Twitter terror? Man arrested for venting about canceled flight.
Briton Paul Chambers says he was only venting when he wrote on Twitter that he might blow an airport "sky-high." He's the first person arrested in Britain for a tweet, and he's banned for life from his local airport.
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Chambers, who has no legal counsel of his own, was provided with state legal aid by GV Hale and Company solicitors. Andy Blennerhassett, a solicitor at the firm, declined to comment "while the investigation is still going on."Skip to next paragraph
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Privacy advocates say the police action crossed a line. Though Chambers's remark was ill-advised, a simple investigation should have showed he was not a threat, they argue.
Tessa Mayes, author of "Restraint or Revelation: Free Speech and Privacy in a Confessional Age," says authorities do not appreciate jokes: "We live increasingly in a no-laughs-allowed age. In a democracy, our right to say what we please to each other should be non-negotiable – even on Twitter," she says.
Frank Furedi, a sociologist at the University of Kent, says the arrest wasn't surprising. "Arresting people in order to make a point is one of the features of contemporary 'impression policing,'" says the author of "Invitation to Terror: The Expanding Empire of the Unknown."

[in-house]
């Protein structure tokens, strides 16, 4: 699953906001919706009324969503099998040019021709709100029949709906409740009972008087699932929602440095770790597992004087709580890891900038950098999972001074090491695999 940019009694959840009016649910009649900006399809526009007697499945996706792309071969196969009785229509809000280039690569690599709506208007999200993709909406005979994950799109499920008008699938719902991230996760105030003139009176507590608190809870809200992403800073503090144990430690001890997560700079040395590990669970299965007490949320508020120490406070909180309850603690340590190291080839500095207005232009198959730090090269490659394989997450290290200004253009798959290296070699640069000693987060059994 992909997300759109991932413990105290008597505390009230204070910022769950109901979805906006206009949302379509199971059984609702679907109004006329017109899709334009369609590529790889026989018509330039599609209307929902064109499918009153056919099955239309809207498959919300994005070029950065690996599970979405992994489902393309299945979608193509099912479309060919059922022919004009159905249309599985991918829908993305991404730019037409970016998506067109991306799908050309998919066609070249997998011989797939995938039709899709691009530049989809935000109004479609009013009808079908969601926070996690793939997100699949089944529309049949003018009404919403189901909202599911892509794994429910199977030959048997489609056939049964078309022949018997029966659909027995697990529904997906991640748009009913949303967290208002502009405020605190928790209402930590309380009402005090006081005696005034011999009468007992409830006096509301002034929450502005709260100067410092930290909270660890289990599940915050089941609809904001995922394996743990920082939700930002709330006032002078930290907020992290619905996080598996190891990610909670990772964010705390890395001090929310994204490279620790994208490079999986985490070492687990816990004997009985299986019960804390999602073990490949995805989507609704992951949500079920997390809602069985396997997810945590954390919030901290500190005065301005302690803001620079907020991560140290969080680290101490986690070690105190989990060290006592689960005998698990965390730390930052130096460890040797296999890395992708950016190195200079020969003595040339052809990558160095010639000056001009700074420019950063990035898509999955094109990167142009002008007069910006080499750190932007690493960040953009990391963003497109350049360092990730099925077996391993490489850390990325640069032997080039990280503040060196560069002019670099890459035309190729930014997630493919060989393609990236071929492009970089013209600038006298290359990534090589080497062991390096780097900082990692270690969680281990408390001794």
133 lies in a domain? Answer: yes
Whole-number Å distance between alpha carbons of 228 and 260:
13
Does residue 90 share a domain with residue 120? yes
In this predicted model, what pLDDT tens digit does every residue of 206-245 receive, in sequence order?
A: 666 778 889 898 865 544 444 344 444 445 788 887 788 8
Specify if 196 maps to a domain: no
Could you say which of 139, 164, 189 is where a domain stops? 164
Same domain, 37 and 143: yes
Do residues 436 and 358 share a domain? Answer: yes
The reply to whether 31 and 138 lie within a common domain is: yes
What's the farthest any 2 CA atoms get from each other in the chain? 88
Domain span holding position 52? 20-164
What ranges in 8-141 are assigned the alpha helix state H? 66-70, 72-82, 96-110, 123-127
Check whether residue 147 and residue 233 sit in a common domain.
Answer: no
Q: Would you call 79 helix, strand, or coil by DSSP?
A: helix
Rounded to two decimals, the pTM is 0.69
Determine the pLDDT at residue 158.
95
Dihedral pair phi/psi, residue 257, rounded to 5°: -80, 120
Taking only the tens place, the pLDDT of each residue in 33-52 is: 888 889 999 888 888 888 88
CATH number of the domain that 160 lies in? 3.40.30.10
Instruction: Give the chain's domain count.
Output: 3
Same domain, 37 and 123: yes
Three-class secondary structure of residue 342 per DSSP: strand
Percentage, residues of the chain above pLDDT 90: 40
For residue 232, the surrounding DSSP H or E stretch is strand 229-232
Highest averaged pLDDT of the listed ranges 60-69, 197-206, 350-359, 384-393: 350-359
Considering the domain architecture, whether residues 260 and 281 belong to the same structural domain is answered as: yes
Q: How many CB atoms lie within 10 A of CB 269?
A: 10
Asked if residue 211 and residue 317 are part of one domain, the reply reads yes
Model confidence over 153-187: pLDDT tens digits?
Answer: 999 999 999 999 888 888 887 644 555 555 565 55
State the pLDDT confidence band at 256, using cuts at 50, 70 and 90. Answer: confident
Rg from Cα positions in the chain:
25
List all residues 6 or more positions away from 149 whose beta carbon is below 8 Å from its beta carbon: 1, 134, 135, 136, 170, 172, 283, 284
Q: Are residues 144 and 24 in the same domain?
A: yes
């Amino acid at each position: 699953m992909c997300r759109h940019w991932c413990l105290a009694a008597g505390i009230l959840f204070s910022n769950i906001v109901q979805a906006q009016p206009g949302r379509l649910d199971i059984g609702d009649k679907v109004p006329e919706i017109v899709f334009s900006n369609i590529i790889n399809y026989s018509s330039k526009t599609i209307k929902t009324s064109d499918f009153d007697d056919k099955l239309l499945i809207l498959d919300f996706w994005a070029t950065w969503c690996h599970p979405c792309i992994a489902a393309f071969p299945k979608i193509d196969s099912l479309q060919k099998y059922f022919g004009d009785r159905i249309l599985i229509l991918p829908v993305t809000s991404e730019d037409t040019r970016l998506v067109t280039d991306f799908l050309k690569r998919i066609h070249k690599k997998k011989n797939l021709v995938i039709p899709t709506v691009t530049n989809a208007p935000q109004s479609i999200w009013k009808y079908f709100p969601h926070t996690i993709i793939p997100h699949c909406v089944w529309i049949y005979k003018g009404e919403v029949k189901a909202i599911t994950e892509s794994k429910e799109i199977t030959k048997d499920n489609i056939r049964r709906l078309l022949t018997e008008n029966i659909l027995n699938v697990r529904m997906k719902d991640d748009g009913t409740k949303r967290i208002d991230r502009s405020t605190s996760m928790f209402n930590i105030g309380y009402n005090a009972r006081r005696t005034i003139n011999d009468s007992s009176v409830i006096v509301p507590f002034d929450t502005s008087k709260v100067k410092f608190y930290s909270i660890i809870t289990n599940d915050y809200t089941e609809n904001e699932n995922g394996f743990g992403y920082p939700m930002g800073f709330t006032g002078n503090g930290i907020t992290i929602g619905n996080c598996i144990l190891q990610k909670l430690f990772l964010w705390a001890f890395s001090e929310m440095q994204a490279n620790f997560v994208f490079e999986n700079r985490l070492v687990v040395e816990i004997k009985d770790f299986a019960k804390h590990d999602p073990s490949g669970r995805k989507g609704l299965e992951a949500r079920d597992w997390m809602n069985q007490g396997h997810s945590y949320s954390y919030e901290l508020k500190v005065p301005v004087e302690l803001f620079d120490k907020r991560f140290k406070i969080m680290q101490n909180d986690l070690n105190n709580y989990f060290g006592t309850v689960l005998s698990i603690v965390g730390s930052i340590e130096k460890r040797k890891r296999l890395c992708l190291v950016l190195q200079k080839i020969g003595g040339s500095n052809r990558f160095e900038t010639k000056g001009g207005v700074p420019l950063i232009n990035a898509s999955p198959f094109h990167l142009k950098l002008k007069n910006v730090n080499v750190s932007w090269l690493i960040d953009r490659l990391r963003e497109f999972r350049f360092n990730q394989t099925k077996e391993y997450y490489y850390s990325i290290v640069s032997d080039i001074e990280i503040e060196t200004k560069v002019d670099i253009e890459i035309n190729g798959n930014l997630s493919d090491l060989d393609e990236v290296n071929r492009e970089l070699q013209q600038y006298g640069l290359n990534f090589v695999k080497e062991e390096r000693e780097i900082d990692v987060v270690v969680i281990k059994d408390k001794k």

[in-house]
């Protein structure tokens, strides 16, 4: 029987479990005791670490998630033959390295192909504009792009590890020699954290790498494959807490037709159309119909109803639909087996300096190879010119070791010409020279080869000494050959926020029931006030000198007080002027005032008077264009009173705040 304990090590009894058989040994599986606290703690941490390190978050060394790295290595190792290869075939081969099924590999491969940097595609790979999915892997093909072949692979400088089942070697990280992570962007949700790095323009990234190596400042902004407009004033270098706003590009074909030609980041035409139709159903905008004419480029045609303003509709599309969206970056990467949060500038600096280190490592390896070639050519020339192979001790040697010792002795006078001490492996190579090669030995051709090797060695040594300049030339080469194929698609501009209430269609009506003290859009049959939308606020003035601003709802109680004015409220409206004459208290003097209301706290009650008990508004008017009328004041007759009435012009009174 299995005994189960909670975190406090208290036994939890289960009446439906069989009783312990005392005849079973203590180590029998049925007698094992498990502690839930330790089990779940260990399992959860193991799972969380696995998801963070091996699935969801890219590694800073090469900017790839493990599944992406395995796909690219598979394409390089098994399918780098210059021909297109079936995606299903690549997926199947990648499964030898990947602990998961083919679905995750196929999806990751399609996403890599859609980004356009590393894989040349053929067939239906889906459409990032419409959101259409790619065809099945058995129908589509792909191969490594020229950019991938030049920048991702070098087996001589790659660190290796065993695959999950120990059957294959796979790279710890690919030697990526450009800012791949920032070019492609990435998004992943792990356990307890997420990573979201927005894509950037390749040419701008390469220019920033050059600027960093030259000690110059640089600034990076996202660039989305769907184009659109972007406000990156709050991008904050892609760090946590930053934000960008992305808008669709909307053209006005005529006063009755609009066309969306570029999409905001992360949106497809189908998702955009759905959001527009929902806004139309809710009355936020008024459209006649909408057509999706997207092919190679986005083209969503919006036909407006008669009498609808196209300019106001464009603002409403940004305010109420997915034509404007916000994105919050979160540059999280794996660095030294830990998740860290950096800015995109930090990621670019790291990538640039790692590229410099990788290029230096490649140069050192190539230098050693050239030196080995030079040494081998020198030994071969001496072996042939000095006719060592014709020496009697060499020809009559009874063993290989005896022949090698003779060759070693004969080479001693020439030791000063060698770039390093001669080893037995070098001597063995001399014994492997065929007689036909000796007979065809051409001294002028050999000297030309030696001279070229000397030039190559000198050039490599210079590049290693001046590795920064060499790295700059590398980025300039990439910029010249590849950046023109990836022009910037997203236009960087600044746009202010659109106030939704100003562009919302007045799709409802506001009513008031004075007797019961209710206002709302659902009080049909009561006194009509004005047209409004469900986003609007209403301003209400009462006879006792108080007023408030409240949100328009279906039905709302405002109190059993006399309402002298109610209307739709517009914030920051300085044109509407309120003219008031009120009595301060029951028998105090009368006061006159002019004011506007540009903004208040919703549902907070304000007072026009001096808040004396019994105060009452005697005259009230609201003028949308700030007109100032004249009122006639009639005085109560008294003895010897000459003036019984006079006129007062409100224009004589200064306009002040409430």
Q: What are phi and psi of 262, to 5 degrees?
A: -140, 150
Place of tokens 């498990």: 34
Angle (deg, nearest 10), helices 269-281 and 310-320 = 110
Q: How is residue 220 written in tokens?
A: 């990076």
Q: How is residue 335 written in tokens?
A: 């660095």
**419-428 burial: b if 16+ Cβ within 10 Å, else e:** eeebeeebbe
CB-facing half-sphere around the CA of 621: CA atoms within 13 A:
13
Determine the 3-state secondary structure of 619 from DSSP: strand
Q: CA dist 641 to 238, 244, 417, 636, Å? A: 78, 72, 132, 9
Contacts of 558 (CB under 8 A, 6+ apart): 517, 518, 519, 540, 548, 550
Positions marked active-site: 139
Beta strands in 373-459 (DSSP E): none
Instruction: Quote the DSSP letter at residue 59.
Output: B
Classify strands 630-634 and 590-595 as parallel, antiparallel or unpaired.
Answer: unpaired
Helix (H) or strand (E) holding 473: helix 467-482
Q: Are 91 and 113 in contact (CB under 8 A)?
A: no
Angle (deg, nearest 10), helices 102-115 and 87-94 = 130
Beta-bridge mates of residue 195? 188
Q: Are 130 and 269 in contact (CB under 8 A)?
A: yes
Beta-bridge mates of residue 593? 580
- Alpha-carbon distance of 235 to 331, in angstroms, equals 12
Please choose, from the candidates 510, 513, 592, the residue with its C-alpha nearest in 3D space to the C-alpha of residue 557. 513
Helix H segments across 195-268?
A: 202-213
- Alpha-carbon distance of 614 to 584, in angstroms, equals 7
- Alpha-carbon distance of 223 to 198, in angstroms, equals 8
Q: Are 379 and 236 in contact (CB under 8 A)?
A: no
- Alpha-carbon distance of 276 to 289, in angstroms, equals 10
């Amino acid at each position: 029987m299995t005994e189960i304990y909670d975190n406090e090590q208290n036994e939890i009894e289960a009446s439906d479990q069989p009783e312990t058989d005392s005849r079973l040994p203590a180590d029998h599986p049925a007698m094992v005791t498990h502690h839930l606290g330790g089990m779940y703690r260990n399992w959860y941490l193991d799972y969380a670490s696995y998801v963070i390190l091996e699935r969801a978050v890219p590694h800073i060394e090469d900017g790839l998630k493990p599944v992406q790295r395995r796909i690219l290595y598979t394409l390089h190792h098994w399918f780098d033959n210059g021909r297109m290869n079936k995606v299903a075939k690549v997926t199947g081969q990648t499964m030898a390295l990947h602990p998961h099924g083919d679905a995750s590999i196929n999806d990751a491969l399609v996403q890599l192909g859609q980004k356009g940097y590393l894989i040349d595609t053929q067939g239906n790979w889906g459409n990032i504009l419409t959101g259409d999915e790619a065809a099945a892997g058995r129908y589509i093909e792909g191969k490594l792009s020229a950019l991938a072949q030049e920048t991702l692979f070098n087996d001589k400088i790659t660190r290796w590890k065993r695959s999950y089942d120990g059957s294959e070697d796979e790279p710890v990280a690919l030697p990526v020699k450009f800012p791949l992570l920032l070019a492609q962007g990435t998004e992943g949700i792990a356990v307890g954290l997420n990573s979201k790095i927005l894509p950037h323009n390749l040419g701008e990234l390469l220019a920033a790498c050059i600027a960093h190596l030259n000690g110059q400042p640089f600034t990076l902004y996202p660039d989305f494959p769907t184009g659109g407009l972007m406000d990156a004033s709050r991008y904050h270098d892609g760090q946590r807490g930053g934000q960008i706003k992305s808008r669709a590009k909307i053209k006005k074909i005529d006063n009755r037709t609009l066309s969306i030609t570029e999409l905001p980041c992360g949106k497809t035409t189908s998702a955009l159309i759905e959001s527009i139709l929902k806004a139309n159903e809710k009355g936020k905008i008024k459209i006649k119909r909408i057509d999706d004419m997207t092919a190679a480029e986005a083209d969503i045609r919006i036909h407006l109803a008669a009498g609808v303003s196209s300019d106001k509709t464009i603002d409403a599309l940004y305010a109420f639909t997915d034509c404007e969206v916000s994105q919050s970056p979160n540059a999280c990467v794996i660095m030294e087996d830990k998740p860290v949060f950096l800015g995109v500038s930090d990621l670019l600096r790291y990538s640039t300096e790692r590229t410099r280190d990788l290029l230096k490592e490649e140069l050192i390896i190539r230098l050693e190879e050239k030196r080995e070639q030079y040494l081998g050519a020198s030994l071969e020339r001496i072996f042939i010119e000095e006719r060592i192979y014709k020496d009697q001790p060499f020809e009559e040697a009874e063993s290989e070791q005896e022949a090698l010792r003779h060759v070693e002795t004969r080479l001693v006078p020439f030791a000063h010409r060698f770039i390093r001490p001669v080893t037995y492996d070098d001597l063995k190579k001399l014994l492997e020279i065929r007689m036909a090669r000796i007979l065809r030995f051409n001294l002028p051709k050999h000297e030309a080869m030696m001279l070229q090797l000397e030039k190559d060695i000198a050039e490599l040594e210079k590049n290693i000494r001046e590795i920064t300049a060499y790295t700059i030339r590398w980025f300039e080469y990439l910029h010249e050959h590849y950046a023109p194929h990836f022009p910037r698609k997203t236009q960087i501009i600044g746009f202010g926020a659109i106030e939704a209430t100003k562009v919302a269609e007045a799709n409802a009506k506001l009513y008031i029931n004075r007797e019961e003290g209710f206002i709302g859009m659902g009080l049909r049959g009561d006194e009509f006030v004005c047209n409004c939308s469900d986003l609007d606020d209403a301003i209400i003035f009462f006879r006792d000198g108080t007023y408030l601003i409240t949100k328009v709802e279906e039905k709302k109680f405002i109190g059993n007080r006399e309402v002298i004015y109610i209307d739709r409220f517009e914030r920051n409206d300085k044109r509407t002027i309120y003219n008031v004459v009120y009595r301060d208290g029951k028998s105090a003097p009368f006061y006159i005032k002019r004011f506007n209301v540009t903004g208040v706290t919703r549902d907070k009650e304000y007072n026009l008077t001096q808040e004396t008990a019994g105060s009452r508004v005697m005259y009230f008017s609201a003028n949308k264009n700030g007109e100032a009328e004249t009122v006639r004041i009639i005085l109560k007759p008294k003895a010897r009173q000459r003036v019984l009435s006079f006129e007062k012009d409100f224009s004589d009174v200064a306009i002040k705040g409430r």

"It is arbitrary, petty, and intrusive and of course has absolutely nothing to do with curbing the behavior of those who represent a real threat to people's lives," says Furedi.
A good arrest?
Others say the arrest was appropriate. Counterterrorism expert Andy Oppenheimer argues the police had to take notice.
“Regardless of what you think of the law," Oppenheimer says, "if you say anything in the public domain you’ve only got yourself to blame. People are trying to address the terrorist threat, and people making jokes like this muddy the water.”
But Chambers says the workplace arrest, which has him facing potential charges and also the sack, failed to take account of his personal background; the accounting student has no links to militant organizations.
"I'm the most mild-mannered guy you could imagine," says Chambers.
The Irish friend Chambers was hoping to visit, who asked that her name not be used, didn’t initially believe he had been arrested.
"He phoned me and told me the story, I thought he was joking,” she says. “I'm angry at how the whole thing has been dealt with by the police. If they had looked into it properly before they could have avoided all of this – and saved taxpayers’ money.”
Other European nations are also jittery over terrorism, but this does not appear to deter all Europeans from making off-color jokes at transportation hubs. A German man was temporarily detained at Stuttgart airport Tuesday after he jokingly told security personnel he had explosives in his underwear.